Elmer and Anna Hill met in the fourth grade in their rural Missouri hometown. They married, had four children, added eight grandkids, and shared 46 wedding anniversaries by the time they flipped open the first page of their Nolensville album.
Now, ten years into this chapter, their list of shared experiences is long. One headliner was when Elmer was diagnosed with thyroid cancer. They made it through the entire set of cancer protocols, with the help of family, friends, and neighbors.
Life was sweet again as they unpacked moving boxes in Nolensville, and shared mugs of coffee with locals in Mama Java’s Café. Then, in October 2013, before all the boxes were emptied, Anna received a breast cancer diagnosis. Okay. They knew the drill but, this time, they didn’t have the support of family and longtime friends – or so they thought.
“It seemed we found out overnight why people think of Nolensville as the little town with the big heart,” Elmer said. “The people we knew from Mama Java’s, and a ton of others we’d never met, gathered ‘round to do whatever was needed.
“Anna came through the ordeal and has been cancer-free for ten years,” Elmer said. “There wasn’t long to celebrate, though, because in 2014, just shortly after finishing Anna’s treatment, our daughter Melissa was handed a cancer diagnosis.”
Melissa had a seven-month-old baby. Without hesitation, Anna purchased a ticket to Phoenix with an open return date. S-+he flew out, while Elmer put things in order at home. He purchased his open-return ticket and left their new friends to look after their property for nearly one year.
“We made it, and we gained so much in the process,” Anna said. “One night we talked about the experience and realized we wanted to pay it forward. Nothing great or grand. Just something to honor what other people did for us.”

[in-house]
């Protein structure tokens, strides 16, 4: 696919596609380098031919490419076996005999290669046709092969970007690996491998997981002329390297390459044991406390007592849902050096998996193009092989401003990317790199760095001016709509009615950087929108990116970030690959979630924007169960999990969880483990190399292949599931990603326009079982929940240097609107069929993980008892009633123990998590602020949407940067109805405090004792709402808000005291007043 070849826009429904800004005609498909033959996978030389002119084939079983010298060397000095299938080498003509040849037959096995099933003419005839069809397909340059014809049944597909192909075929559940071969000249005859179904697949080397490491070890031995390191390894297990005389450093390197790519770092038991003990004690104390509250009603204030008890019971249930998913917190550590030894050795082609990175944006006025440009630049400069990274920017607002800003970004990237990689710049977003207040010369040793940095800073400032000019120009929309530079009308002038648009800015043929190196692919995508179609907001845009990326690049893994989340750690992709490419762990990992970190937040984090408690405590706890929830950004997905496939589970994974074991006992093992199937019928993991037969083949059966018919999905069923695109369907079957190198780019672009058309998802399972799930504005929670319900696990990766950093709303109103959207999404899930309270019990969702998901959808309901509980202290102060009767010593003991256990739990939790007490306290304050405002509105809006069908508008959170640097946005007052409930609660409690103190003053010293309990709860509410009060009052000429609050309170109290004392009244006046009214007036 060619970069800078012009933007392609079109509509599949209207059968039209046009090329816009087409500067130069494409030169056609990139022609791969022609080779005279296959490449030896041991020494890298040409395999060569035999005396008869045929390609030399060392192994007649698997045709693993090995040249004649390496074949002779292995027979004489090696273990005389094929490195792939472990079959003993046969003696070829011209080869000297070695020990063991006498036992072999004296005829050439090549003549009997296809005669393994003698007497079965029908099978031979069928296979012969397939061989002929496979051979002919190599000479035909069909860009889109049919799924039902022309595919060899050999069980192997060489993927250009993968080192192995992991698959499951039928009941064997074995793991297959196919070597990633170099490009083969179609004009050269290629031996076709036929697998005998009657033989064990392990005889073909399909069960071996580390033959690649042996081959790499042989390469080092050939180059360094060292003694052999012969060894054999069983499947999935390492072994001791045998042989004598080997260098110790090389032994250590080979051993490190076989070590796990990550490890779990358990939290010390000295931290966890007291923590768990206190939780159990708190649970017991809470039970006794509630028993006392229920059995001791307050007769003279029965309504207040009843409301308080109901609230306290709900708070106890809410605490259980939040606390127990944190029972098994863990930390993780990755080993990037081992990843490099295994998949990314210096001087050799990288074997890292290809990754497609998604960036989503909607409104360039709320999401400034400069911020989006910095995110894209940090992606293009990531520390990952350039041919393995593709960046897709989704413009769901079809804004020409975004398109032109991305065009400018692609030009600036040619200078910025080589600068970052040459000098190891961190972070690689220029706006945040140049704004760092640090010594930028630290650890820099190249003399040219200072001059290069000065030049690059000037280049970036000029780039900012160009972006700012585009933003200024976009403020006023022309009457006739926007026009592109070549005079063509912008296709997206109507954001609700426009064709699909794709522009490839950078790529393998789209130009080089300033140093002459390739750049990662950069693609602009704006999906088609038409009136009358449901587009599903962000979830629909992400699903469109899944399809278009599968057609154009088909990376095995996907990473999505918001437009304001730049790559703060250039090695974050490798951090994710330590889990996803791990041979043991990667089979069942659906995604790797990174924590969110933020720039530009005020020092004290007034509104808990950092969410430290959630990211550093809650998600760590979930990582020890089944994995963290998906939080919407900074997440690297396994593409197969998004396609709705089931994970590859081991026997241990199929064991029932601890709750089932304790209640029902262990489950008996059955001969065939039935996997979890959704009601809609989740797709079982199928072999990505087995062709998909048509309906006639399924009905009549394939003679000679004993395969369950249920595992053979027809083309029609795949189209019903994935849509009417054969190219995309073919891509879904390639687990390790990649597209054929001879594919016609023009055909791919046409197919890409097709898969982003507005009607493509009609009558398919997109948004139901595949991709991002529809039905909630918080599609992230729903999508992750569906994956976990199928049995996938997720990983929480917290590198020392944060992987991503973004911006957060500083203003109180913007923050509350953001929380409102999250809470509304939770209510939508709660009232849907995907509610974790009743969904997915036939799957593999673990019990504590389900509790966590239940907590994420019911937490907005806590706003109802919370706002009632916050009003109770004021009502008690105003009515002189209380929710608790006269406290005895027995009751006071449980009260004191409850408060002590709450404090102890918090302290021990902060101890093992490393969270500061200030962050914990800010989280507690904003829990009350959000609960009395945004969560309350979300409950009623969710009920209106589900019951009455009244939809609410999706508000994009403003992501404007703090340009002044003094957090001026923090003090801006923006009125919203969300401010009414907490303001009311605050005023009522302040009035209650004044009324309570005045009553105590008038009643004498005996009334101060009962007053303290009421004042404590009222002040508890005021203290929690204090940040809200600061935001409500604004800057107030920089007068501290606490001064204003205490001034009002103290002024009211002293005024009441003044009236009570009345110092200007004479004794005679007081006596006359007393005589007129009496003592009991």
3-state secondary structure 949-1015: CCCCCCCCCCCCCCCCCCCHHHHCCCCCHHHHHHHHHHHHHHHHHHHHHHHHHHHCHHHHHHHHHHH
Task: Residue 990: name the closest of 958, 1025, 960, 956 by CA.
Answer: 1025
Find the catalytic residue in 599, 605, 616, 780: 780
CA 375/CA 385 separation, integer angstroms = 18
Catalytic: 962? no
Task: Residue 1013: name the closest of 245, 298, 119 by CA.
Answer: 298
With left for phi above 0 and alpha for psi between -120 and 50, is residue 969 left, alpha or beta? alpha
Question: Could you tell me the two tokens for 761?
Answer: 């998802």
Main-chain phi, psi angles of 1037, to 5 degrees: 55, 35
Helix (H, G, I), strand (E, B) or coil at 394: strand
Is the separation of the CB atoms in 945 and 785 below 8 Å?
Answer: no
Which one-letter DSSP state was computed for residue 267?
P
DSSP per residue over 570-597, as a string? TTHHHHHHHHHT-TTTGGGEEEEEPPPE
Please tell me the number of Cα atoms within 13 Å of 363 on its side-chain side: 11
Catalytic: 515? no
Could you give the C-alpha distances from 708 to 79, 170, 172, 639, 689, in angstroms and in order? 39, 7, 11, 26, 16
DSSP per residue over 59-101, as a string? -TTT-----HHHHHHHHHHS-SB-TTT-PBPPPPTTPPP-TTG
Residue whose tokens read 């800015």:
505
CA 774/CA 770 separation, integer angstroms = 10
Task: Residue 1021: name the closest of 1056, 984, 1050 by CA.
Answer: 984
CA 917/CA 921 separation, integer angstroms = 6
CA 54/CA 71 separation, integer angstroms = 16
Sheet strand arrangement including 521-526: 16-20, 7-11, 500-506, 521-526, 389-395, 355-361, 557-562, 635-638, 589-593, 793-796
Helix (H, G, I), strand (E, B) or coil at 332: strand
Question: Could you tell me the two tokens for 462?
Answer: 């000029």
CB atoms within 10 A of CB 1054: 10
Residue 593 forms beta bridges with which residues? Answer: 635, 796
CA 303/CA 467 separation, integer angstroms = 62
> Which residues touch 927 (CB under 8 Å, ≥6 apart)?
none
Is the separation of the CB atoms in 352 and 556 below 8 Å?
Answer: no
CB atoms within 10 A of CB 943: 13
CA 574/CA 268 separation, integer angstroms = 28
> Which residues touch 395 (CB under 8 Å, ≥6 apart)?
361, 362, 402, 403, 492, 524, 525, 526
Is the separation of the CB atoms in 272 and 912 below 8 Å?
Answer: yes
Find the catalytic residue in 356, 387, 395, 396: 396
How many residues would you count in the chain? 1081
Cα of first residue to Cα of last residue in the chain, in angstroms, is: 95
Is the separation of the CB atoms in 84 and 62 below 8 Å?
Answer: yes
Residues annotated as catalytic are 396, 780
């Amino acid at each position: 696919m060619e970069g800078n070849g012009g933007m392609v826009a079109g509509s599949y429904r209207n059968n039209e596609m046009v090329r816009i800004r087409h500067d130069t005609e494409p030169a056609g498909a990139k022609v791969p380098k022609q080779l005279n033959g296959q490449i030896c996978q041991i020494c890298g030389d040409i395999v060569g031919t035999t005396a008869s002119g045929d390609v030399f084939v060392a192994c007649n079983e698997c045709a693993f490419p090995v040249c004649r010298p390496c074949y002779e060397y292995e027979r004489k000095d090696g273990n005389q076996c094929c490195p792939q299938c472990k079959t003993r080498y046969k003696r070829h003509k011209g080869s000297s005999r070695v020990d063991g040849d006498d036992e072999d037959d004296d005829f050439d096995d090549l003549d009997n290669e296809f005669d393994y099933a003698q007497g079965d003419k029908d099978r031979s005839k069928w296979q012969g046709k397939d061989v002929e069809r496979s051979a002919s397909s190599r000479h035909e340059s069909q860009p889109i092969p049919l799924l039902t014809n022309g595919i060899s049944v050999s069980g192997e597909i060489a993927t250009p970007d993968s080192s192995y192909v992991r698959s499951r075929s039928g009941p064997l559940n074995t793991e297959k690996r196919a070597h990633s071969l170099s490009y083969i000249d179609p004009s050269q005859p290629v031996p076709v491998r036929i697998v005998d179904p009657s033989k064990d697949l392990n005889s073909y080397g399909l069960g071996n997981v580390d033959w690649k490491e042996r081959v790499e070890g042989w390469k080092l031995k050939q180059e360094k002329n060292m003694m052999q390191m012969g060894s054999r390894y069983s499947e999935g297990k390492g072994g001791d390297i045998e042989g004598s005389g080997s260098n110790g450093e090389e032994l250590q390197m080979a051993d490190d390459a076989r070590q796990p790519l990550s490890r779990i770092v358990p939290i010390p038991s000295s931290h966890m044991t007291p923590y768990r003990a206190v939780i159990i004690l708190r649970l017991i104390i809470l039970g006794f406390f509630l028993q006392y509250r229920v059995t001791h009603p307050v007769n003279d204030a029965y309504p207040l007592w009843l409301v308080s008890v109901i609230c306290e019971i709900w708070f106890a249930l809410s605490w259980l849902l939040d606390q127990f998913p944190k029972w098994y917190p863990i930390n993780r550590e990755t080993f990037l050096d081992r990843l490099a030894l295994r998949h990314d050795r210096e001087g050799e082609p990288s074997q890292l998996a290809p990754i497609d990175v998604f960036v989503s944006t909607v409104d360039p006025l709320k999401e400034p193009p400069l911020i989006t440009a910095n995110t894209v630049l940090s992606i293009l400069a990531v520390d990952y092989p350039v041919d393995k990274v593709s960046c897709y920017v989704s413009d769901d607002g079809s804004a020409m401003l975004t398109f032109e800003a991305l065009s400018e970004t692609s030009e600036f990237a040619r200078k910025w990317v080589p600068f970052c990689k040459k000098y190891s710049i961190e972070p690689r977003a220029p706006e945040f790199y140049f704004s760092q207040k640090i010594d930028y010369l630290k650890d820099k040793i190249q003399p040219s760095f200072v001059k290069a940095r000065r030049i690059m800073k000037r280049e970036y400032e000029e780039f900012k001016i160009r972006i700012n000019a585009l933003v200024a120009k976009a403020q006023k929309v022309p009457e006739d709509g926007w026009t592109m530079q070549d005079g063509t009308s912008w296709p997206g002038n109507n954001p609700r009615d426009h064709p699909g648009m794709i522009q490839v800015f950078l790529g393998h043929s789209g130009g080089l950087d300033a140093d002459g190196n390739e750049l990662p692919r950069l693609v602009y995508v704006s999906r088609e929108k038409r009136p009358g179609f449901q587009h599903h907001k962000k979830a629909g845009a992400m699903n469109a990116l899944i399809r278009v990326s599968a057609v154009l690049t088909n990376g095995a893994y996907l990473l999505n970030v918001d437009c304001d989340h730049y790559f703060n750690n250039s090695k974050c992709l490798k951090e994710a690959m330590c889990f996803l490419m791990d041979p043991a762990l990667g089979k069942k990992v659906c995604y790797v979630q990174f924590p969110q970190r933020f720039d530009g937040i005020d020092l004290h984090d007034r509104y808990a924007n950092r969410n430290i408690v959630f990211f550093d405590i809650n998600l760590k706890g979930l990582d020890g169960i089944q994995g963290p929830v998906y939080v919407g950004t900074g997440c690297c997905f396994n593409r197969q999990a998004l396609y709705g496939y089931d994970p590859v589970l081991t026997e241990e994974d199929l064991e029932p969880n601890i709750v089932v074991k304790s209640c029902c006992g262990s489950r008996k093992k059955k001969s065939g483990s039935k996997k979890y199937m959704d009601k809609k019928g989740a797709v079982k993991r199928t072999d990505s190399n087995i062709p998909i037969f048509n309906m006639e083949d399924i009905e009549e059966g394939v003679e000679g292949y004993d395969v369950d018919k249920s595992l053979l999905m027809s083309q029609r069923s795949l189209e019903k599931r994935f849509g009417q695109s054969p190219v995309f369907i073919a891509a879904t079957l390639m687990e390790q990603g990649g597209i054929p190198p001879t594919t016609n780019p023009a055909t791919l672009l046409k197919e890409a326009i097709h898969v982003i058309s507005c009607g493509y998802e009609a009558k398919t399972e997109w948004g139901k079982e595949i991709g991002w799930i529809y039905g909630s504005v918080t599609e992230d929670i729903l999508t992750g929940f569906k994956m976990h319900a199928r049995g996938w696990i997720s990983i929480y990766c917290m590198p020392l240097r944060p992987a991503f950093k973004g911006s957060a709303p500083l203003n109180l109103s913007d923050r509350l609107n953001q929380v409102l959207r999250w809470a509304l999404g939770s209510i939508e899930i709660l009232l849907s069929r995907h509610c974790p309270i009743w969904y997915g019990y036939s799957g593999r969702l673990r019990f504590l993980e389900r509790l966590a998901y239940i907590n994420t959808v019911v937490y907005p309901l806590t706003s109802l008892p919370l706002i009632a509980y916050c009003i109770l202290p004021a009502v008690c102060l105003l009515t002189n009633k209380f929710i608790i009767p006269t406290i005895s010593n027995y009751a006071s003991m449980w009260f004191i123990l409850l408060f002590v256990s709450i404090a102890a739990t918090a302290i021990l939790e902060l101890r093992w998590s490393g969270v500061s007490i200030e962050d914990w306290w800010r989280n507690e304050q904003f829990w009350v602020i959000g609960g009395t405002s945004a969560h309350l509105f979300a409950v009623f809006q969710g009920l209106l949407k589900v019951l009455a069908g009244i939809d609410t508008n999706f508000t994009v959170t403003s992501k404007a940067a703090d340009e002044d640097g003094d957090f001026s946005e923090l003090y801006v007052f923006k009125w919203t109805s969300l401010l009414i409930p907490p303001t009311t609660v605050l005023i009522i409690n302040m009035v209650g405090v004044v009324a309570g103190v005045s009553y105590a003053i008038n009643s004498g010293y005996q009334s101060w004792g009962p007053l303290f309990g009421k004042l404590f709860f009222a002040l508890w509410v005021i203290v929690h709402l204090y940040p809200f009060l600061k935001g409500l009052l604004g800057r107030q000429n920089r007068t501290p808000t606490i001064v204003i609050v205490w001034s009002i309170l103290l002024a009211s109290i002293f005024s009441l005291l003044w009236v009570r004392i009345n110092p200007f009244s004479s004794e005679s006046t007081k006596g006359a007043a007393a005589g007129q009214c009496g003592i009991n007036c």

A few nights later, they saw a local resident’s drawing of a cardinal on the town’s social media page. Being St. Louis Cardinals fans, they took it as a sign to get started.
“Three of the people in that first group were cancer survivor sisters,” Elmer said. “We have a lot of local artists, including Anna who’s an accomplished water colorist, so art became the basis for our major fund-raiser.
“We raised $2000 our first year. Our third event, in 2023, had 500 participants and raised $50,000 while saying we didn’t necessarily want to grow bigger as much as we wanted to grow better. We did both. Our fourth fund raiser/art auction will be February 2024.”
Anna was instrumental in forming a 501c3 Artists’ Guild of Nolensville, which works in partnership with Heart frim the Heart. Gift cards to Kroger and Walmart, along with gas cards and other retailers, are given to cancer families. Churches and other organizations help find out what people need, including lawn services, house cleaning, transportation, and more.
Gift caddies are delivered across the country, containing blankets, lotions, soaps, lemon drops to alleviate the metallic taste of the chemo and more.
“Yes, Anna and I started Art from the Heart,” said Elmer, “but it’s not about us. It’s about our saying ‘thank you’ for all the help we received. It’s about dedicated Board members and volunteers. It’s about creating a legacy that our kids and grandkids will carry forward. It’s about 56 wedding anniversaries. It’s about doing something that would make our parents proud. It’s about all that, and about being grateful.”